Saturday, June 29, 2013

San Gorgonio Mountain from Vivian Creek

Hiked: 6/28/2013
Distance: 17.4 miles round trip on trail
Summit Elevation: 11501'
Prominence: 8294'
Elevation Gain: 5461'
Elevation Gain (in Empire State Buildings): 4.36
Round trip time: 10 hours 38 minutes
Recommended water: 204 oz.
Parking/Fees: Adventure Pass
Difficulty: Strenuous

Of the many routes to San Gorgonio mountain in the San Bernardino mountains, the Vivian Creek trail is the most popular and most direct. That also means it has the greatest elevation gain. This hike is often a trainer for Mt. Whitney and that is exactly why Rod and I chose to do it at this time. It offers serious distance and serious gain at high altitude. A great training hike. While there is normally water available at the camps along the way, recent reports suggested that water levels were low. I chose to pack in all the water (and gatorade) I needed, making my pack an outrageous 25 pounds to start. In fact, there was plenty of water at Vivian Creek camp and High Creek camp. We arrived at the trailhead at 7:30 AM and set out on the steep first section to Vivian Creek Camp.



Mill Creek crossing


There were a couple of campers set up at Vivian Creek Camp. As we crossed the creek, the insects and biting flies picked up. I brought a can of bug spray and it was applied liberally. Before High Creek camp, we were startled by a rattlesnake a few feet off the trail. Rod quickly moved down the trail away from it, while I got my phone out to grab a video. It was so well hidden that it is hard to see in the video. It wasn't hard to see once it started rattling. I went up the hill a little to give it plenty of room and we continued up the mountain.

Yucaipa Ridge


Rattlesnake surprise at 8800'



Rod heading toward High Creek camp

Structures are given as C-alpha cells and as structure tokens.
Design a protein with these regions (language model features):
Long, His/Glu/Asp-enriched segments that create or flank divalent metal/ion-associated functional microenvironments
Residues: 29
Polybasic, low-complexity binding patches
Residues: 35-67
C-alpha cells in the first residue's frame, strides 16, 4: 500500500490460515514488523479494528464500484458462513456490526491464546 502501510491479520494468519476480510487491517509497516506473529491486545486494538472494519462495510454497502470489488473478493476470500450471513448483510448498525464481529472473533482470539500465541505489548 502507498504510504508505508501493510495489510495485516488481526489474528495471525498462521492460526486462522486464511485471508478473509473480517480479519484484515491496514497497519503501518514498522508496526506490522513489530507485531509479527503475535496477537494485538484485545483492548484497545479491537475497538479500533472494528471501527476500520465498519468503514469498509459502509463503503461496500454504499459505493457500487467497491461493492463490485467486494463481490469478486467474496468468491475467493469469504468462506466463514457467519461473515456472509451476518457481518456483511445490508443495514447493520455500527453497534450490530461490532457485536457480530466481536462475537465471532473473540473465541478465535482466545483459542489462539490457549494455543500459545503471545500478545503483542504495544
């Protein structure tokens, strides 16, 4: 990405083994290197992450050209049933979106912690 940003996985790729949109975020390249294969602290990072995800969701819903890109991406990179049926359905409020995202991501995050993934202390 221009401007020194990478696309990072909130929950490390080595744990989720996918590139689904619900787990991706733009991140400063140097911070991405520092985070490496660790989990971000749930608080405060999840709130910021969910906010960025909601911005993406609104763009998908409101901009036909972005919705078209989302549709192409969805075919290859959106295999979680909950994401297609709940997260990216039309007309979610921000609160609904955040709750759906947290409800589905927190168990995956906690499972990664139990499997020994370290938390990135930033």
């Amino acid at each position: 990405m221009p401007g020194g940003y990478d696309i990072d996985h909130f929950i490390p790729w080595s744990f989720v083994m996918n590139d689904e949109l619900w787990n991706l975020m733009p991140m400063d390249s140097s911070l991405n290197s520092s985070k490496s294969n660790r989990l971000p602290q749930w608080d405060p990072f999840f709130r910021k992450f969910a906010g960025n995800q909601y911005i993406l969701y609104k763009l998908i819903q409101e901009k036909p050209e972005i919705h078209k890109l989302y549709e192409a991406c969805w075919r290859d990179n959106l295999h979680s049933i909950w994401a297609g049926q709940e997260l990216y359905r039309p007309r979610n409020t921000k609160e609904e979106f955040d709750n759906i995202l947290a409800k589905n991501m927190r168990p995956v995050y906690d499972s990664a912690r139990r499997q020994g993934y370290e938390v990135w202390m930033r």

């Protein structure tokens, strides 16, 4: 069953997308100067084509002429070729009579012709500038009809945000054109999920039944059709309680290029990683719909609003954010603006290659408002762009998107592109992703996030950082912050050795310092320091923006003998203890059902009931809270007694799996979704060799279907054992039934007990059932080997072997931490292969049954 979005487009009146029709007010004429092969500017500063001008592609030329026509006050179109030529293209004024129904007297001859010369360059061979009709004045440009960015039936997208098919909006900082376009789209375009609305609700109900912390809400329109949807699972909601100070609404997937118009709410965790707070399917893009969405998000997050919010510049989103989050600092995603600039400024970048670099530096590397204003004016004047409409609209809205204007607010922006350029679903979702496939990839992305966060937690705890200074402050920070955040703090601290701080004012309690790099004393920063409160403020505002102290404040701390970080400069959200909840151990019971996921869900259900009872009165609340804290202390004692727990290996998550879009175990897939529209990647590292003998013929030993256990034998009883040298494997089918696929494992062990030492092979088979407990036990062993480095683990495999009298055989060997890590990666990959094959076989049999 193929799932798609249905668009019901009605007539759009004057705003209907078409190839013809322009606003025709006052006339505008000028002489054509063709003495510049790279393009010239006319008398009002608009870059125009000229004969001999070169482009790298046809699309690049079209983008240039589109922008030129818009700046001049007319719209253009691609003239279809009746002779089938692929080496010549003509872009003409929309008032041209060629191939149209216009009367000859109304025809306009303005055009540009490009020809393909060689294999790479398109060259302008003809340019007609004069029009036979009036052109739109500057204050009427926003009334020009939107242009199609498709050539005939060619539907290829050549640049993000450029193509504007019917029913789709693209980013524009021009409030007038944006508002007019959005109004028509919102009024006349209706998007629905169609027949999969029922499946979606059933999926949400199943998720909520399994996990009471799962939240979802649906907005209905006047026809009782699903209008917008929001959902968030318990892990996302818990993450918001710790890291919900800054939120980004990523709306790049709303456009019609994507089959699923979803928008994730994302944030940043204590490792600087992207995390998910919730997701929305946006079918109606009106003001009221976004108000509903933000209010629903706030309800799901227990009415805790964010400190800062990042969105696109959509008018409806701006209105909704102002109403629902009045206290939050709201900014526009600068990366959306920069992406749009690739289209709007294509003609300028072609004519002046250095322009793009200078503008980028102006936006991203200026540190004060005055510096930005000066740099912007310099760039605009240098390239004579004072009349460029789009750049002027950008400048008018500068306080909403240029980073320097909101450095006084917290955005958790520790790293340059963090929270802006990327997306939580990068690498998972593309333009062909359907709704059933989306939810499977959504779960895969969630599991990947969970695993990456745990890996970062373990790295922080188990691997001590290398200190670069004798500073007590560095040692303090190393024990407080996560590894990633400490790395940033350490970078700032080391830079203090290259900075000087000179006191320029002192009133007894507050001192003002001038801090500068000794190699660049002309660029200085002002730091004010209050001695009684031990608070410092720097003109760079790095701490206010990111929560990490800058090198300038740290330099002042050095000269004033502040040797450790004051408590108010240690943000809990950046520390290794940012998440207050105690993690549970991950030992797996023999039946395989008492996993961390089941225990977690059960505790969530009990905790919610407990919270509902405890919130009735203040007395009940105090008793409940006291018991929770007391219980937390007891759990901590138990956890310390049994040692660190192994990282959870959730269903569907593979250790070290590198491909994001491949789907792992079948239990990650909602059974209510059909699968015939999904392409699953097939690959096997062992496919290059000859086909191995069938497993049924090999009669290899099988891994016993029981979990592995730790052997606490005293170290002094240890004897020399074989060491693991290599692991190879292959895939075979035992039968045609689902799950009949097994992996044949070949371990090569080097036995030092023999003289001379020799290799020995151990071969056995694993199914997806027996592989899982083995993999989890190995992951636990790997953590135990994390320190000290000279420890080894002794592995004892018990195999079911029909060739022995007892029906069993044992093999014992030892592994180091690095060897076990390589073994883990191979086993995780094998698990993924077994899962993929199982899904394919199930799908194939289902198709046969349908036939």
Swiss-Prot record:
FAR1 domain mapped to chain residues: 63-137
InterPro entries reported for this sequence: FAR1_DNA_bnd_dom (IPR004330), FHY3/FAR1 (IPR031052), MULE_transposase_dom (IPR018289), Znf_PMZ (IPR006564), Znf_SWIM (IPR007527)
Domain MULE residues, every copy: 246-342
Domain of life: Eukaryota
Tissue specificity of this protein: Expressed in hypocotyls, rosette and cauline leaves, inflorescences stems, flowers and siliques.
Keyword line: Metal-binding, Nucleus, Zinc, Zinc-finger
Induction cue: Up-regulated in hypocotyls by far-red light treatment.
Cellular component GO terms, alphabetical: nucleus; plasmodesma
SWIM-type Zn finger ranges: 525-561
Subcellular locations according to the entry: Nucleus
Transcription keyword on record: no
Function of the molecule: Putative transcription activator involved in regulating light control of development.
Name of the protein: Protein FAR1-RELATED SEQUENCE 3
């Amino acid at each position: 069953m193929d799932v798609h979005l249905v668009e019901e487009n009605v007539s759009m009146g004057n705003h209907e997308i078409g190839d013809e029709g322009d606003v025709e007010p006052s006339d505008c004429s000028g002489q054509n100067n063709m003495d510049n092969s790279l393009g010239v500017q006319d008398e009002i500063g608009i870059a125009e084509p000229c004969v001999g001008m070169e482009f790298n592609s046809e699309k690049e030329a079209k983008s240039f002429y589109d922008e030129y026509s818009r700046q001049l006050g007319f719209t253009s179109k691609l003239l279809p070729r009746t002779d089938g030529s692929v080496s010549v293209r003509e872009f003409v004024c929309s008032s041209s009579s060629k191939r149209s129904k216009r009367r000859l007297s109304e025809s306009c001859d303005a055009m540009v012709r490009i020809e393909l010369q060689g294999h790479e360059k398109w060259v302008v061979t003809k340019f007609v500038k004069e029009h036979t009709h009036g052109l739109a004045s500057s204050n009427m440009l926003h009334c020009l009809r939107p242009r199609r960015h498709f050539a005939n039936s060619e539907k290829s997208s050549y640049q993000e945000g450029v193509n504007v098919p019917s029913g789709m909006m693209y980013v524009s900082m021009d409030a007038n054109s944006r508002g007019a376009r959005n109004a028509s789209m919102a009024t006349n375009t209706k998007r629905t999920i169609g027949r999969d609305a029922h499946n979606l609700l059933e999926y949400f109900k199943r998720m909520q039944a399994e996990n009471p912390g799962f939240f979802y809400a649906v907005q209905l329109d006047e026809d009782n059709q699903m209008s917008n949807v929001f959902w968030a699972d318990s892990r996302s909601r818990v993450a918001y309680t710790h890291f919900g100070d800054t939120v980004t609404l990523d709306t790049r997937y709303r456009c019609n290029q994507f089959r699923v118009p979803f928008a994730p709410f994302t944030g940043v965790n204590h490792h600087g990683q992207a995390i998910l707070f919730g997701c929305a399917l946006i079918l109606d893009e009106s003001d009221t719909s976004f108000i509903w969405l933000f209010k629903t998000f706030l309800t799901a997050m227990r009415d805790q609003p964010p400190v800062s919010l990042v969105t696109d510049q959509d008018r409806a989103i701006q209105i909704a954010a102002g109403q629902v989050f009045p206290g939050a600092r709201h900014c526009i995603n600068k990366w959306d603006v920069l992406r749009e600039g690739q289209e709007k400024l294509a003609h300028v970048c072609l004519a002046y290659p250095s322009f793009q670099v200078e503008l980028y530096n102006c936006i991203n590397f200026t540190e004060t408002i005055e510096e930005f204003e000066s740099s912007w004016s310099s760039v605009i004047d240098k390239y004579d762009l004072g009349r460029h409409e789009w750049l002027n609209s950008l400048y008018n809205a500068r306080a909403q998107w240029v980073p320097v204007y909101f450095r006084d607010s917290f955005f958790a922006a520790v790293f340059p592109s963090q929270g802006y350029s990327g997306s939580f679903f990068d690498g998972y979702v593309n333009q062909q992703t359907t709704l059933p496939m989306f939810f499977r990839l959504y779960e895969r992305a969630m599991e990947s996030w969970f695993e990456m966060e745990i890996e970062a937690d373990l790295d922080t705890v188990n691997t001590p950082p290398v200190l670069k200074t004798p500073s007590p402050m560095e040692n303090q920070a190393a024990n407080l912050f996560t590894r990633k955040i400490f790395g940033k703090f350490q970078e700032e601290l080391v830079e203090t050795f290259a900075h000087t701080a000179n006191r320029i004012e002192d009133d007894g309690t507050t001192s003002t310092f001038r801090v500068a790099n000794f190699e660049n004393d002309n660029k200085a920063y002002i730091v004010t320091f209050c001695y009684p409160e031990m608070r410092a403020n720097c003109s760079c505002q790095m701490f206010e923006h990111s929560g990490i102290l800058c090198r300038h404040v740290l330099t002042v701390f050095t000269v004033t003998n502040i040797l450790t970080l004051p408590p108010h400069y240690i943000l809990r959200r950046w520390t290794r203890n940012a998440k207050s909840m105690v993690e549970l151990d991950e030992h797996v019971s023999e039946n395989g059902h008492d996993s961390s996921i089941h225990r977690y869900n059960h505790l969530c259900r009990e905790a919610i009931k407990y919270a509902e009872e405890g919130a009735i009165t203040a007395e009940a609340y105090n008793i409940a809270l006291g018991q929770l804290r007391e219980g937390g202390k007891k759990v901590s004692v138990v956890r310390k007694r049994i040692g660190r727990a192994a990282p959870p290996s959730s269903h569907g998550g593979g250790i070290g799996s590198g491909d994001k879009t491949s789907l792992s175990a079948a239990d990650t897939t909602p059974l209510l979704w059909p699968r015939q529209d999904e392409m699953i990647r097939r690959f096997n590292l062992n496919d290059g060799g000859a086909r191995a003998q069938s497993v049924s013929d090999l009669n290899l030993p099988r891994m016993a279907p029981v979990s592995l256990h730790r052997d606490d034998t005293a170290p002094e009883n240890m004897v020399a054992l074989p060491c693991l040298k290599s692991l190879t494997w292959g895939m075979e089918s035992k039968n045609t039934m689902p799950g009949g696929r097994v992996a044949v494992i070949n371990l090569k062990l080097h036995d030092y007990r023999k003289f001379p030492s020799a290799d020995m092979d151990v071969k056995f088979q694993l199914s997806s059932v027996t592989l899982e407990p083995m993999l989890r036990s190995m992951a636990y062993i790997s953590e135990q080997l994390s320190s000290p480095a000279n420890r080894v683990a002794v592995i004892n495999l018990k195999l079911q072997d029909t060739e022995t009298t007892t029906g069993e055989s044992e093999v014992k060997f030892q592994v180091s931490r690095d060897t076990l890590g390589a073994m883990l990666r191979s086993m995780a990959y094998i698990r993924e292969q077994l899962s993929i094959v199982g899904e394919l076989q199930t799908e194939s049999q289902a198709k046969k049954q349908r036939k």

As we got higher on the trail, we got a good view of Dragon's Head and San Gorgonio in the distance.


Dragons Head Peak


First view of San Gorgonio in the distance



Pine tree growing sideways near the summit

The last section became steep again and finally turns right up the final ridge to the summit. Rod's heart rate was high, so we took frequent breaks. There were many golden-mantled ground squirrels, clearly accustomed to humans, looking for food. I snapped a picture of one in a fine summit pose. The views of San Jacinto, Saddleback, and even the San Gabriels were spectacular. I took a couple of panorama shots, but they turned out poorly because I didn't hold the camera level while panning. After entertaining the squirrels for a few minutes, eating the last of the food, and signing the register, we started back down. A fire was visible in the distance on the way down, and the police had closed highway 38. We had to find an alternate route to get back to I-10, but it was only a small delay. It appeared the fire was under control when we got back to I-10.


Approaching the summit


On the summit


Rod on the summit


San Gorgonio benchmark


Golden-mantled ground squirrel on the summit




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